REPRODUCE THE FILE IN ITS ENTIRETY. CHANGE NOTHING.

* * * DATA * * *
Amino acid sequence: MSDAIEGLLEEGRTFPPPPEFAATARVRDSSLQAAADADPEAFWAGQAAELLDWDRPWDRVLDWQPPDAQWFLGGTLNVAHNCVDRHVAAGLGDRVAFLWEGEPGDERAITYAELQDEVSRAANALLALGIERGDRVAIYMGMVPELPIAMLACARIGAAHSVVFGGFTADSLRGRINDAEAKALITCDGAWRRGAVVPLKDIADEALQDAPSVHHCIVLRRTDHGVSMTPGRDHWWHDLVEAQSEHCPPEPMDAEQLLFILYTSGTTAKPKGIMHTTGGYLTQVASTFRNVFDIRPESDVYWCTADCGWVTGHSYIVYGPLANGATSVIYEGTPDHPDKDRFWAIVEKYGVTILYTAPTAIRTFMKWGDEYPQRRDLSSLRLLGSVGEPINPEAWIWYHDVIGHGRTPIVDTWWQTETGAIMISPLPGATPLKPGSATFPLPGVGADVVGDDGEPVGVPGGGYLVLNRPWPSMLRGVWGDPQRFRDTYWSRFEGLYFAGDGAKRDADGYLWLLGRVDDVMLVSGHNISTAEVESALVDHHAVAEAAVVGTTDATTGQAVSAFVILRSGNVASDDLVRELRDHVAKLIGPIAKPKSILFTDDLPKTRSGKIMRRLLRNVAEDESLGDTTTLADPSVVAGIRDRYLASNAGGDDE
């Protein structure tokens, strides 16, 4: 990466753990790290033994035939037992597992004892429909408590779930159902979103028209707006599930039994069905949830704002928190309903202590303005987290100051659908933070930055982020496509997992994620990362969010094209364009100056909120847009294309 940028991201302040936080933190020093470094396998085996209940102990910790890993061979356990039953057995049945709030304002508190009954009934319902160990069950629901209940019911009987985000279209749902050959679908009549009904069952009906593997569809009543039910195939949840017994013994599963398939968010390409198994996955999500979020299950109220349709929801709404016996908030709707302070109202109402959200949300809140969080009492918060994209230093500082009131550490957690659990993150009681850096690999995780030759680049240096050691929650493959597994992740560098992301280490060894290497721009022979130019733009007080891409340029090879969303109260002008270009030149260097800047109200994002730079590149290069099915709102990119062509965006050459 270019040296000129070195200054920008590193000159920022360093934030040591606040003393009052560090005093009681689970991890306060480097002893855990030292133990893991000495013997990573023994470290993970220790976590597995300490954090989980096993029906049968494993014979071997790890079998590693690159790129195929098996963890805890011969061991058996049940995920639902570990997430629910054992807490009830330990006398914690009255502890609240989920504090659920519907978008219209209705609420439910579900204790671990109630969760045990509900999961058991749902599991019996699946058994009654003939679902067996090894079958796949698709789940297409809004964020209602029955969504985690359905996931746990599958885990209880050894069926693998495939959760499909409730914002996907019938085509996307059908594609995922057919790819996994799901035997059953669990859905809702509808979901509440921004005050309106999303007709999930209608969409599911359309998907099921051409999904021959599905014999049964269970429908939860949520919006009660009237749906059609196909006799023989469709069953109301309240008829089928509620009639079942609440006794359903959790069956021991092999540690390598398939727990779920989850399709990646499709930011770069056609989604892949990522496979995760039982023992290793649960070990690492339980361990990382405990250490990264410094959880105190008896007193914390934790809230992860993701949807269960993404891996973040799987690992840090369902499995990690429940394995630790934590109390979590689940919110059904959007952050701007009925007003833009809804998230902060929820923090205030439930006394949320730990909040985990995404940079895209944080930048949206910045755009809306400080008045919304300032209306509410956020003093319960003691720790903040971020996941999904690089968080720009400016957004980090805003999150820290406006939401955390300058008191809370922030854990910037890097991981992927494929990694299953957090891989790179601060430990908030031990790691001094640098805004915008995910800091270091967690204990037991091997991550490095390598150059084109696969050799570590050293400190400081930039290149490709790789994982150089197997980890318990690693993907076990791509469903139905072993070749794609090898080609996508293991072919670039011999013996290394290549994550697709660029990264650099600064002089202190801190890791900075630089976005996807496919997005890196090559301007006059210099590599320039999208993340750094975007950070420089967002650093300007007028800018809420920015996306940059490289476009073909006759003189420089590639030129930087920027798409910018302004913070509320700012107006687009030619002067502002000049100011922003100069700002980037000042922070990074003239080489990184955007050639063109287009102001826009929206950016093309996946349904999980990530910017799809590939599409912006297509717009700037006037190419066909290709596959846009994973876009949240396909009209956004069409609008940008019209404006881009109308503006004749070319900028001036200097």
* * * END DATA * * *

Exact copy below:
Amino acid sequence: MSDAIEGLLEEGRTFPPPPEFAATARVRDSSLQAAADADPEAFWAGQAAELLDWDRPWDRVLDWQPPDAQWFLGGTLNVAHNCVDRHVAAGLGDRVAFLWEGEPGDERAITYAELQDEVSRAANALLALGIERGDRVAIYMGMVPELPIAMLACARIGAAHSVVFGGFTADSLRGRINDAEAKALITCDGAWRRGAVVPLKDIADEALQDAPSVHHCIVLRRTDHGVSMTPGRDHWWHDLVEAQSEHCPPEPMDAEQLLFILYTSGTTAKPKGIMHTTGGYLTQVASTFRNVFDIRPESDVYWCTADCGWVTGHSYIVYGPLANGATSVIYEGTPDHPDKDRFWAIVEKYGVTILYTAPTAIRTFMKWGDEYPQRRDLSSLRLLGSVGEPINPEAWIWYHDVIGHGRTPIVDTWWQTETGAIMISPLPGATPLKPGSATFPLPGVGADVVGDDGEPVGVPGGGYLVLNRPWPSMLRGVWGDPQRFRDTYWSRFEGLYFAGDGAKRDADGYLWLLGRVDDVMLVSGHNISTAEVESALVDHHAVAEAAVVGTTDATTGQAVSAFVILRSGNVASDDLVRELRDHVAKLIGPIAKPKSILFTDDLPKTRSGKIMRRLLRNVAEDESLGDTTTLADPSVVAGIRDRYLASNAGGDDE
């Protein structure tokens, strides 16, 4: 990466753990790290033994035939037992597992004892429909408590779930159902979103028209707006599930039994069905949830704002928190309903202590303005987290100051659908933070930055982020496509997992994620990362969010094209364009100056909120847009294309 940028991201302040936080933190020093470094396998085996209940102990910790890993061979356990039953057995049945709030304002508190009954009934319902160990069950629901209940019911009987985000279209749902050959679908009549009904069952009906593997569809009543039910195939949840017994013994599963398939968010390409198994996955999500979020299950109220349709929801709404016996908030709707302070109202109402959200949300809140969080009492918060994209230093500082009131550490957690659990993150009681850096690999995780030759680049240096050691929650493959597994992740560098992301280490060894290497721009022979130019733009007080891409340029090879969303109260002008270009030149260097800047109200994002730079590149290069099915709102990119062509965006050459 270019040296000129070195200054920008590193000159920022360093934030040591606040003393009052560090005093009681689970991890306060480097002893855990030292133990893991000495013997990573023994470290993970220790976590597995300490954090989980096993029906049968494993014979071997790890079998590693690159790129195929098996963890805890011969061991058996049940995920639902570990997430629910054992807490009830330990006398914690009255502890609240989920504090659920519907978008219209209705609420439910579900204790671990109630969760045990509900999961058991749902599991019996699946058994009654003939679902067996090894079958796949698709789940297409809004964020209602029955969504985690359905996931746990599958885990209880050894069926693998495939959760499909409730914002996907019938085509996307059908594609995922057919790819996994799901035997059953669990859905809702509808979901509440921004005050309106999303007709999930209608969409599911359309998907099921051409999904021959599905014999049964269970429908939860949520919006009660009237749906059609196909006799023989469709069953109301309240008829089928509620009639079942609440006794359903959790069956021991092999540690390598398939727990779920989850399709990646499709930011770069056609989604892949990522496979995760039982023992290793649960070990690492339980361990990382405990250490990264410094959880105190008896007193914390934790809230992860993701949807269960993404891996973040799987690992840090369902499995990690429940394995630790934590109390979590689940919110059904959007952050701007009925007003833009809804998230902060929820923090205030439930006394949320730990909040985990995404940079895209944080930048949206910045755009809306400080008045919304300032209306509410956020003093319960003691720790903040971020996941999904690089968080720009400016957004980090805003999150820290406006939401955390300058008191809370922030854990910037890097991981992927494929990694299953957090891989790179601060430990908030031990790691001094640098805004915008995910800091270091967690204990037991091997991550490095390598150059084109696969050799570590050293400190400081930039290149490709790789994982150089197997980890318990690693993907076990791509469903139905072993070749794609090898080609996508293991072919670039011999013996290394290549994550697709660029990264650099600064002089202190801190890791900075630089976005996807496919997005890196090559301007006059210099590599320039999208993340750094975007950070420089967002650093300007007028800018809420920015996306940059490289476009073909006759003189420089590639030129930087920027798409910018302004913070509320700012107006687009030619002067502002000049100011922003100069700002980037000042922070990074003239080489990184955007050639063109287009102001826009929206950016093309996946349904999980990530910017799809590939599409912006297509717009700037006037190419066909290709596959846009994973876009949240396909009209956004069409609008940008019209404006881009109308503006004749070319900028001036200097």